A new study by parasitologists was chosen by the prestigious journal Current Biology as a featured article.
How an evolutionary conserved protein complex works in mitochondria, the powerhouses of eukaryotic cells, was published by researchers at Biology Center AS CR in the prestigious journal Current Biology. The editorial board selected the study as a featured article that is freely available to readers.
Mitochondria are famously known in the textbooks as the powerhouses of eukaryotic cells, a group of organisms that include us, mushrooms and plants. These organelles have a complex architecture, being made up of two membranes with the self-descriptive names outer and inner membrane. These define two compartments within the mitochondria: the intermembrane space between the two membranes and the matrix surrounded by the inner membrane.
In contrast to the outer membrane, the inner membrane has a quite elaborate structure. It is folded into finger-like projections that extend into the matrix called cristae. Cristae are the location protein complexes (a collection of proteins, in which each represents a vital part of a working molecular machine) that allow eukaryotes to breathe oxygen, a vital process for generating energy for the whole cell.
Mitochondria are ancient organelles of eukaryotes, cristae are ancient characters of the organelle and the protein complexes that provide the machinery for respiration are ancient features on cristae. All are found throughout diverse eukaryotes such as us, mushrooms and plants. They are also found in single-cell eukaryotes called protists. Belonging to this diverse and fascinating group of organisms is the causative agent of sleeping sickness, the flagellate called Trypanosoma brucei.
In the Current Biology article by Iosif Kaurov and colleagues, we set out to answer the following questions: what are the shared parts of the machinery that build cristae throughout eukaryotes and what parts of this machinery are different so that suits the containing eukaryote’s specific respiration needs? T. brucei was used in this study since it has a well-developed genetic toolbox, developed by researchers trying to find ways to specifically kill the pathogen, to allow us to dissect the machinery responsible for cristae shaping.
The name of the machine that was the focus of our study is MICOS (mitochondrial contact site and cristae organization system). In yeast (a close relative of mushrooms) and human (which we’ll collectively call “yuman”), it is known that this protein complex generates sites in which the inner and outer membranes to come into close contact with each other and also attach cristae to the rest of the inner membrane. If the yuman MICOS machine is broken, cristae detach from inner membrane and float in the matrix.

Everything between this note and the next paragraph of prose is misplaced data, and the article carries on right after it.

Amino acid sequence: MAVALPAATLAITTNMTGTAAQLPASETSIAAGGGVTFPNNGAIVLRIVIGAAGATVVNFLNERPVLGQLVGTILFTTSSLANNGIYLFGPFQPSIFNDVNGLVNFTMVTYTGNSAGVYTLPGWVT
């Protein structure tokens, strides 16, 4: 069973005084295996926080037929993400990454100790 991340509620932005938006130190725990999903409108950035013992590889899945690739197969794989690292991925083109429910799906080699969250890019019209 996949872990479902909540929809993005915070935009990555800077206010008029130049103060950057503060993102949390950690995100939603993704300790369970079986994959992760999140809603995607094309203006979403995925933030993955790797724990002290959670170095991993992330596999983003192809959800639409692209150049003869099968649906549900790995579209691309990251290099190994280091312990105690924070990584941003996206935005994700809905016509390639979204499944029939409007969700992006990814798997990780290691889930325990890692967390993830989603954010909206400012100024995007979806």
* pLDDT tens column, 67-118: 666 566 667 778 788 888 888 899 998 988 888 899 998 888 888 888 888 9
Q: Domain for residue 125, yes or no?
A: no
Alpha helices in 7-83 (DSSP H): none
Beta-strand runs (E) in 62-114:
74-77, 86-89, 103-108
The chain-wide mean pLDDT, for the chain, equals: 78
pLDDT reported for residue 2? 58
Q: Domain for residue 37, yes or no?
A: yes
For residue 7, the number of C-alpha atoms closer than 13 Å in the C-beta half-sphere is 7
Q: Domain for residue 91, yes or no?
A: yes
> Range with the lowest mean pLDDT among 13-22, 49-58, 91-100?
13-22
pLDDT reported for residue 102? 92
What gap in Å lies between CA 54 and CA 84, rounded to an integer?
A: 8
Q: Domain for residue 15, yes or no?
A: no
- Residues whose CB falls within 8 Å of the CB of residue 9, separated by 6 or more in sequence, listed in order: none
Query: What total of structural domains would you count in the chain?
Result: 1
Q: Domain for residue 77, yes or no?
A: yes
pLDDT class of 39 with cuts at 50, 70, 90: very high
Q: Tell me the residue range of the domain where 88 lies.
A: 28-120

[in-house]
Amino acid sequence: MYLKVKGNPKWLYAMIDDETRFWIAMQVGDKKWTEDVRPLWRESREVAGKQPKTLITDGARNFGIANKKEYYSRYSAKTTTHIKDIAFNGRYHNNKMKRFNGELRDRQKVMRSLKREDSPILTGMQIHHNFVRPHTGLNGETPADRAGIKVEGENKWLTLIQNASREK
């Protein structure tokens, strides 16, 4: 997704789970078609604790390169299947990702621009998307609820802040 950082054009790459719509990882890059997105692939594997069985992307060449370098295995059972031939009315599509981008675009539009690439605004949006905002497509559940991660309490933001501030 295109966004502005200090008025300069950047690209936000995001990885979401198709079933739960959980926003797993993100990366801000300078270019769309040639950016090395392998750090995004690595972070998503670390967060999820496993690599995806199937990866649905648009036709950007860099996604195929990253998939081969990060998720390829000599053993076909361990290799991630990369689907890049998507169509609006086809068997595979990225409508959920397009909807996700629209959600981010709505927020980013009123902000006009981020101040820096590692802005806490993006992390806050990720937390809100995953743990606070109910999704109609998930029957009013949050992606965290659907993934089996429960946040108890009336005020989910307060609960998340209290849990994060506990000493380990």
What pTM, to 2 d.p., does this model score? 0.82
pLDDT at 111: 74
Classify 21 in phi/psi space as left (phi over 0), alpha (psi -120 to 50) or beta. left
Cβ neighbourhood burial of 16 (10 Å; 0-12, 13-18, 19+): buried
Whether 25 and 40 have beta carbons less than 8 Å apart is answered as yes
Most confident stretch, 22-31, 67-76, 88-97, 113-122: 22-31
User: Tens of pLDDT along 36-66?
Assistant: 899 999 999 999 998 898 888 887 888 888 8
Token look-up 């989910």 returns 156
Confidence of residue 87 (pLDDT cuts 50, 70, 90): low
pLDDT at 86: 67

Only a single gene for one protein piece of yuman MICOS was found in T. brucei. Like pulling the visible handle of a drawer to see what is inside, we were able to use this information to isolate the whole MICOS protein complex from T. brucei cells by a method called co-immunoprecipitation. We were then able to what its similarities and differences are in comparison to yuman MICOS. We found that the inner and outer membrane contact site and cristae attachment to the inner membrane functions were the same between the T. brucei and yuman. Because these two types of organisms are about as distant eukaryotic relatives as can be possibly examined, we can conclude that this role of MICOS is a fundamental one throughout eukaryotes.
We also were able to directly observe the MICOS complex on the mitochondrial cristae and also the consequence of genetically removing MICOS on the shape of cristae thanks to the electron microscopy facility here at the Biology Center.
But the differences were surprising. Besides that lone recognizable protein of MICOS, the other pieces are very different from those that make up the yuman machine. Furthermore, one of the pieces seems to have a different role than any known so far yuman MICOS. This part helps to capture proteins that belong in the intermembrane space. Among proteins that go to the intermembrane space are little proteins that are a part of or help to build the protein complexes that are part of the respiratory chain that reside in cristae. Therefore we demonstrate that T. brucei MICOS not only helps to give cristae their shape, but also help to place the protein machinery in this part of the mitochondria that is responsible for respiration in T. brucei. The open question now is whether T. brucei MICOS is the exception in playing this role or yuman MICOS is in not having such a protein.